Okay, so I realise this is a "click bait" type of question! And it's not actually a question I've posed myself, but is the subject of a Harvard Business Review article that I recently came across. While the article is a few years old, the topic remains very relevant - particularly in light of doubts about the competence of some of the male politicians on the global stage at the moment.
It's an interesting read about a topic that we touch on in our inclusive leadership/management sessions - i.e. to what extent do our unconscious biases drive our decisions about who should progress in an organisation and what it takes to be successful? How often do we confuse confidence with competence? I'm sure we've all seen it - the person (usually, but not always, a man) who gets promoted even though there is plenty of evidence to suggest that they're not as competent as they should be, and/or they believe themselves to be. While others, who may be exceptionally conscientious and competent but possibly not as confident (often, but not always, the women) get overlooked.
Confidence can be beguiling - when someone is confident, it feels easier for us to trust them and their abilities, even if we have nagging doubts them. This is because of the way our brains are wired. Most of our decision-making is driven by a range of unconscious cognitive biases and if someone is confident, it's likely that they will better fit the picture in our minds of what it takes to be a good leader. How often do we have a picture in our minds about the kind of person and/or attributes that are necessary for a particular role? And to what extent do we notice and place a greater value on the information that supports this picture, and overlook or place a lower value on information that contradicts it?
The problem with placing a high value on confidence, as the article points out, is that "overconfidence and arrogance are inversely related to leadership talent - the ability to build and maintain high-performing teams, and to inspire followers to set aside their selfish agendas in order to work for the common interest of the group". The article cites various studies which suggest that women, rather than men, have the attributes associated with being the best leaders. For example, they are "more likely to elicit respect and pride from their followers, communicate their vision effectively, empower and mentor subordinates, approach problem solving in a more flexible and creative way (all characteristics of “transformational leadership”), as well as fairly reward direct reports". They also typically have higher levels of emotional intelligence, humility, sensitivity, consideration and are less arrogant, manipulative and risk-prone than men. This certainly chimes with what I've heard in my management and leadership training sessions.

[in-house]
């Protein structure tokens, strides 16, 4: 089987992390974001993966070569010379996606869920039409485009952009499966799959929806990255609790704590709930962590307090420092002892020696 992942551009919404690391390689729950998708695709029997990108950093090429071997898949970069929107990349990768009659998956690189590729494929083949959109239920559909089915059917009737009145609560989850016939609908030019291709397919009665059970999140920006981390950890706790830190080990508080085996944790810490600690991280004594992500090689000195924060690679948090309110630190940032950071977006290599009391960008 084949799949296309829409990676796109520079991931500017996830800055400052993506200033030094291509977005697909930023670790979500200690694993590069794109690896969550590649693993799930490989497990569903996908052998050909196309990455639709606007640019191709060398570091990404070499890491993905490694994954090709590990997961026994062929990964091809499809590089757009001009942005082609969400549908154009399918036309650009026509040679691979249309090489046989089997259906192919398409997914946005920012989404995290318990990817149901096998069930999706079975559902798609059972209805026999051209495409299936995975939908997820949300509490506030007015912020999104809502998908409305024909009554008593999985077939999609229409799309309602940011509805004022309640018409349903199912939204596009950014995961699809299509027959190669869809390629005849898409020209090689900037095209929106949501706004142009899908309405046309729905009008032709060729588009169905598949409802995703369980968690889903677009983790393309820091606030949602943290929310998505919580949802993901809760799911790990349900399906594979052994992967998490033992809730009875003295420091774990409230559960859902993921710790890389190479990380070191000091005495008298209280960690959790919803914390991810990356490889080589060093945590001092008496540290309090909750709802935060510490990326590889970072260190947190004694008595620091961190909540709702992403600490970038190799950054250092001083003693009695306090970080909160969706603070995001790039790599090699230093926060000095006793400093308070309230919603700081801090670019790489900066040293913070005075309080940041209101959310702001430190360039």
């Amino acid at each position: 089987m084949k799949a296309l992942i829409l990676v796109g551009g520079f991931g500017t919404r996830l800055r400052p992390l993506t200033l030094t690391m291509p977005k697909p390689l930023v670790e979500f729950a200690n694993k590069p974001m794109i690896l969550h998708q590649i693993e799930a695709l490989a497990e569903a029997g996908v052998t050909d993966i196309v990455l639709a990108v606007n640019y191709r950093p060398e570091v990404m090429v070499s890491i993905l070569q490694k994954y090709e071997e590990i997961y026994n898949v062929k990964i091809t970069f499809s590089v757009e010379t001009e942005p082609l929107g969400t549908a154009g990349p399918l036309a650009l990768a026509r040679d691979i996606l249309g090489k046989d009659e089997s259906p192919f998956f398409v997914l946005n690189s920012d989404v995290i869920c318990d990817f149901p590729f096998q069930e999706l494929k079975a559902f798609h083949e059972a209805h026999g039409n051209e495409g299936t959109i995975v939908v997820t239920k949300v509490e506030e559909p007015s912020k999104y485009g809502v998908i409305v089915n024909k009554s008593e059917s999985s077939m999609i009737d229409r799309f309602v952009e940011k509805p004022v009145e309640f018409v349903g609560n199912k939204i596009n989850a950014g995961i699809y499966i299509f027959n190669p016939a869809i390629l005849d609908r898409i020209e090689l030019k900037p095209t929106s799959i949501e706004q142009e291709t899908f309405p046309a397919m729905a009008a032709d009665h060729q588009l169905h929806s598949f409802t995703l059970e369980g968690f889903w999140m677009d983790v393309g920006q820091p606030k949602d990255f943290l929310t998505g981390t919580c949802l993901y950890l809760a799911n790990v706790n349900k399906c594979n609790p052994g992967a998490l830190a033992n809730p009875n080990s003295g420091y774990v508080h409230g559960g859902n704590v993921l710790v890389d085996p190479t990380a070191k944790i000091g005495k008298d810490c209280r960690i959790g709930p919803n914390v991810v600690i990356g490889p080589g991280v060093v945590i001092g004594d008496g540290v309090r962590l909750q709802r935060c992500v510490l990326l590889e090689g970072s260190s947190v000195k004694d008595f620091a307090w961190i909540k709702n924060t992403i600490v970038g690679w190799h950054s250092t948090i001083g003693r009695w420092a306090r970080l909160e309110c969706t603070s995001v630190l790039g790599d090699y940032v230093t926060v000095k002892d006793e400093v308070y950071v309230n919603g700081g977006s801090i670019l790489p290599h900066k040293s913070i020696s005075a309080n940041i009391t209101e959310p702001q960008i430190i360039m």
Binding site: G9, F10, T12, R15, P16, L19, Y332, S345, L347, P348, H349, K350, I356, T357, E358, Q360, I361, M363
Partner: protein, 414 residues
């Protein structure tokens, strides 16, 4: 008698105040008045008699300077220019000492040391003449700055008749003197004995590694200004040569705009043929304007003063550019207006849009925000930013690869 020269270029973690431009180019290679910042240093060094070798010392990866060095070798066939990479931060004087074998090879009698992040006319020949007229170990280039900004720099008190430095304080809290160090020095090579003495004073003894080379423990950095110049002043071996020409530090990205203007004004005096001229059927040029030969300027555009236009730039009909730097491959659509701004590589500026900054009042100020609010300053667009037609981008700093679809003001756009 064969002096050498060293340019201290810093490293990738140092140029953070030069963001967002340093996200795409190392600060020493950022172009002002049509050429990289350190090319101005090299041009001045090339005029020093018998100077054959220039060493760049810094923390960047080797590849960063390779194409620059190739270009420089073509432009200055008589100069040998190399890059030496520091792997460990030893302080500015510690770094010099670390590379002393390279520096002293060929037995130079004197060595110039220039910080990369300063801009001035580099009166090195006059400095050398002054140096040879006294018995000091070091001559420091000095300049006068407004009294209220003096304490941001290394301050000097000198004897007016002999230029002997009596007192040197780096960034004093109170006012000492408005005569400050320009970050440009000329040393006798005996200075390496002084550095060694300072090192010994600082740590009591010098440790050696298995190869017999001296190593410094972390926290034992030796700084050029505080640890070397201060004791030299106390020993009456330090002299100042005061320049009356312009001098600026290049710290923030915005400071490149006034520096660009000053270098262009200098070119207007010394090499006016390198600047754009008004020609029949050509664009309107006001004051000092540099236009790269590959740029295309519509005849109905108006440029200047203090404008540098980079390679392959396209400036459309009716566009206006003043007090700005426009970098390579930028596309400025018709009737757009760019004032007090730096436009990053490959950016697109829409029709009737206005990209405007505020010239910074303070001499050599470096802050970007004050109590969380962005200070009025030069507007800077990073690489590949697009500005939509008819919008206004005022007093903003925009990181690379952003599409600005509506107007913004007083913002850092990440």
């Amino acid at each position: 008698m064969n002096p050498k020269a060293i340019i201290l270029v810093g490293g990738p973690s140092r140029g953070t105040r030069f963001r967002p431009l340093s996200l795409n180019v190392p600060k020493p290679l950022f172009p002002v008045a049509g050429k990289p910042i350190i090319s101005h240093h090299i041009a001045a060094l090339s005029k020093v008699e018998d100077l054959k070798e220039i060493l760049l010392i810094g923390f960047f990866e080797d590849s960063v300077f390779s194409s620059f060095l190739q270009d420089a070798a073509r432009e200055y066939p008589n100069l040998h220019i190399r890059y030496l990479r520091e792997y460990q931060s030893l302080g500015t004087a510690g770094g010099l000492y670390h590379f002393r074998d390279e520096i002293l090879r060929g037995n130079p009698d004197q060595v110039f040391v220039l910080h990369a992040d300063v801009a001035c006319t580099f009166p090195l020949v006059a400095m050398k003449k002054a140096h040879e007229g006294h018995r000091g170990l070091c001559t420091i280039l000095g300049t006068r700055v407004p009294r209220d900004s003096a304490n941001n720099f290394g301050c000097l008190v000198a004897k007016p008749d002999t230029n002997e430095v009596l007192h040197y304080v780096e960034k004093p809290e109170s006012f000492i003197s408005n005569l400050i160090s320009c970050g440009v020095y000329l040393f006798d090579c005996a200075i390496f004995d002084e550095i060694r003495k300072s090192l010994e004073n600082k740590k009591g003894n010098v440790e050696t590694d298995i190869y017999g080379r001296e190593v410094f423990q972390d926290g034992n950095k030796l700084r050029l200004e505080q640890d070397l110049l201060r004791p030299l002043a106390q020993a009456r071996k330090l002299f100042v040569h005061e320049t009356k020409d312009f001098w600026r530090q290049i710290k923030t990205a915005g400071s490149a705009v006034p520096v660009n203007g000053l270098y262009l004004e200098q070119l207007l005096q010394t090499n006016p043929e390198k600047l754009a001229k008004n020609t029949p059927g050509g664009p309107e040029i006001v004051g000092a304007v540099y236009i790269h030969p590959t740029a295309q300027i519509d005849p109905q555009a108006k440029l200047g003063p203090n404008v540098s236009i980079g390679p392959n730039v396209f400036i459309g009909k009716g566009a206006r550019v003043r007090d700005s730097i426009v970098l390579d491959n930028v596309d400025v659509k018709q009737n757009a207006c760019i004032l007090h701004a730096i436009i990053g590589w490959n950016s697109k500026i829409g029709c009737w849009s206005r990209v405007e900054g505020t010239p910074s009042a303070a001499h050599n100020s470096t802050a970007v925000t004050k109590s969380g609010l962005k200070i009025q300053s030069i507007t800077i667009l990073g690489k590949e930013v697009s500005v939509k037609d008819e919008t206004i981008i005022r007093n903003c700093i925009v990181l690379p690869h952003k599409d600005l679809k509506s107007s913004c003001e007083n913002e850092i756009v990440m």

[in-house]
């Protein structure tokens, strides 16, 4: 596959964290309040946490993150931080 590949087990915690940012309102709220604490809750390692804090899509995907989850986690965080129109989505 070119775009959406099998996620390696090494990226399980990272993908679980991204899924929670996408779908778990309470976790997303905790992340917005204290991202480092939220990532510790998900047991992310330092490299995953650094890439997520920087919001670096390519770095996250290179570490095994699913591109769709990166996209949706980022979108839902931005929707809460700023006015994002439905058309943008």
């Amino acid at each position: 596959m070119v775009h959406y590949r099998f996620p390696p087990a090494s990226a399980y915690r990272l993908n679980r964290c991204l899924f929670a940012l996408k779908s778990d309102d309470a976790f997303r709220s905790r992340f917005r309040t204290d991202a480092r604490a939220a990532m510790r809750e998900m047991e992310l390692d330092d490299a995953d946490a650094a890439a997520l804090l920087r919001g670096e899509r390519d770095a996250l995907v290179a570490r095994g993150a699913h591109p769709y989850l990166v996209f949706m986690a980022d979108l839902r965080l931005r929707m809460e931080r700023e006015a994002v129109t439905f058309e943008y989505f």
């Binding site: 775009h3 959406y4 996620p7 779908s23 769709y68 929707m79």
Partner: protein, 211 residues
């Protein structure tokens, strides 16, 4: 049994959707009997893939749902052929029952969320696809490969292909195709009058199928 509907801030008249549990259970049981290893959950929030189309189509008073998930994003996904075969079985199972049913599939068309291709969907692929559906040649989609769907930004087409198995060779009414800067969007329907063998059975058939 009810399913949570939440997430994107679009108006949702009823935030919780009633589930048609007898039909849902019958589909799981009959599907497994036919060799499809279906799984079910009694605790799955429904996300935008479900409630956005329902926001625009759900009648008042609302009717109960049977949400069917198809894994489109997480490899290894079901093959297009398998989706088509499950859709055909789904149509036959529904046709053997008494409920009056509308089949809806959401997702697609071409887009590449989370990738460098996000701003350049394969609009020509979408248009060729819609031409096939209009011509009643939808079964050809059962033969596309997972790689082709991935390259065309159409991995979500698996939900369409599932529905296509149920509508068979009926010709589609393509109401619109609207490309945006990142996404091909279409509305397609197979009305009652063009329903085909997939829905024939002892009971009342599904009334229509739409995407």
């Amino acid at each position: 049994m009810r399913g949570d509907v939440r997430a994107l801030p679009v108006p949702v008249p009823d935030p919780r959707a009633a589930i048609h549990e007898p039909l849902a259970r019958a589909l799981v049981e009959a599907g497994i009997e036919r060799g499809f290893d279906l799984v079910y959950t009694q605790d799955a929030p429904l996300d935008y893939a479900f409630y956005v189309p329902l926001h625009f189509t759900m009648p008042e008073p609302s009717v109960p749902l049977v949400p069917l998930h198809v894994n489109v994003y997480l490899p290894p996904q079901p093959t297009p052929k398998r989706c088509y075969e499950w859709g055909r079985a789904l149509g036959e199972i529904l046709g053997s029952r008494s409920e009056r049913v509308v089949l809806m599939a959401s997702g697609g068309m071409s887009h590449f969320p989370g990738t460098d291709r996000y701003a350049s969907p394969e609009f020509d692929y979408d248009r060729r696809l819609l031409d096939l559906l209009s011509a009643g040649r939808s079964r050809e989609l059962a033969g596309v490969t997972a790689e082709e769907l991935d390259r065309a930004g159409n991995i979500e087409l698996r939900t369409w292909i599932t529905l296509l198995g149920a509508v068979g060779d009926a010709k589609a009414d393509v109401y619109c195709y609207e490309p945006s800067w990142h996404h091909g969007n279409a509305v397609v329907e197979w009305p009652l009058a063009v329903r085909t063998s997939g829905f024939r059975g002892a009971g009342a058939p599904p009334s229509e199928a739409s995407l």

So how can we minimise the impact of these biases? How can we stop our unconscious tendency to prefer confidence over competence influencing the decisions we make?
First of all, we have to acknowledge that this is the way we're wired - it's not possible or realistic to completely eliminate all of our preferences and biases. After all, bias is what keeps us alive, it's our "human danger detector". What we can do, however, is start to notice the way we're wired and how this impacts on our decision-making, and challenge ourselves to make more of our decisions conscious. We need to be clear about the key competencies required for a particular role and then measure someone against those, rather than against the pictures in our heads of what the "successful candidate" looks like. We also need to think about how we would justify the decisions that we're making - how would that other person see things, and how much evidence do you really have that someone is as competent as you believe them to be and/or they say they are? Finally, give your peers permission to call you out (constructively!) if they can see that your management or decisions are biased - we all have "blind spots" that others will be able to see more easily than us. After all, great leadership starts with self-awareness.
There is no denying that women’s path to leadership positions is paved with many barriers including a very thick glass ceiling. But a much bigger problem is the lack of career obstacles for incompetent men, and the fact that we tend to equate leadership with the very psychological features that make the average man a more inept leader than the average woman. The result is a pathological system that rewards men for their incompetence while punishing women for their competence, to everybody’s detriment.